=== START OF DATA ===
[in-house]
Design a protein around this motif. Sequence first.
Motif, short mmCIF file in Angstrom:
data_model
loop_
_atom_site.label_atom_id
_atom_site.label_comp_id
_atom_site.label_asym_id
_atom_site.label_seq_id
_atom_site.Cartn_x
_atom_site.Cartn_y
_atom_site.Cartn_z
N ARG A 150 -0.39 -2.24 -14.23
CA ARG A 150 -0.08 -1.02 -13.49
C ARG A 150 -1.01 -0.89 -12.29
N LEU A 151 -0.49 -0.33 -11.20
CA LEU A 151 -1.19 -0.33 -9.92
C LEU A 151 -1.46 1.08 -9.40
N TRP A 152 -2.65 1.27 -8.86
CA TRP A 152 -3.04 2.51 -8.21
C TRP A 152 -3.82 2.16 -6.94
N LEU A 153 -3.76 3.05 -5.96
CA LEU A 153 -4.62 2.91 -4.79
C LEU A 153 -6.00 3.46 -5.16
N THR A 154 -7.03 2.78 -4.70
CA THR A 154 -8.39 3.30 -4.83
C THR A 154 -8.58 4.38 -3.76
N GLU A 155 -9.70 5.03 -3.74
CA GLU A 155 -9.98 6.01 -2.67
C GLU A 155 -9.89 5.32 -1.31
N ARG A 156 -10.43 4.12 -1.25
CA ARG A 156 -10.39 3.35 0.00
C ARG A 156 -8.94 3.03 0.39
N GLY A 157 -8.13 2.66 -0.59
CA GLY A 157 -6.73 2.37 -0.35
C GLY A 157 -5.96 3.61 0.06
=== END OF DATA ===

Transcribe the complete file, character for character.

[in-house]
Design a protein around this motif. Sequence first.
Motif, short mmCIF file in Angstrom:
data_model
loop_
_atom_site.label_atom_id
_atom_site.label_comp_id
_atom_site.label_asym_id
_atom_site.label_seq_id
_atom_site.Cartn_x
_atom_site.Cartn_y
_atom_site.Cartn_z
N ARG A 150 -0.39 -2.24 -14.23
CA ARG A 150 -0.08 -1.02 -13.49
C ARG A 150 -1.01 -0.89 -12.29
N LEU A 151 -0.49 -0.33 -11.20
CA LEU A 151 -1.19 -0.33 -9.92
C LEU A 151 -1.46 1.08 -9.40
N TRP A 152 -2.65 1.27 -8.86
CA TRP A 152 -3.04 2.51 -8.21
C TRP A 152 -3.82 2.16 -6.94
N LEU A 153 -3.76 3.05 -5.96
CA LEU A 153 -4.62 2.91 -4.79
C LEU A 153 -6.00 3.46 -5.16
N THR A 154 -7.03 2.78 -4.70
CA THR A 154 -8.39 3.30 -4.83
C THR A 154 -8.58 4.38 -3.76
N GLU A 155 -9.70 5.03 -3.74
CA GLU A 155 -9.98 6.01 -2.67
C GLU A 155 -9.89 5.32 -1.31
N ARG A 156 -10.43 4.12 -1.25
CA ARG A 156 -10.39 3.35 0.00
C ARG A 156 -8.94 3.03 0.39
N GLY A 157 -8.13 2.66 -0.59
CA GLY A 157 -6.73 2.37 -0.35
C GLY A 157 -5.96 3.61 0.06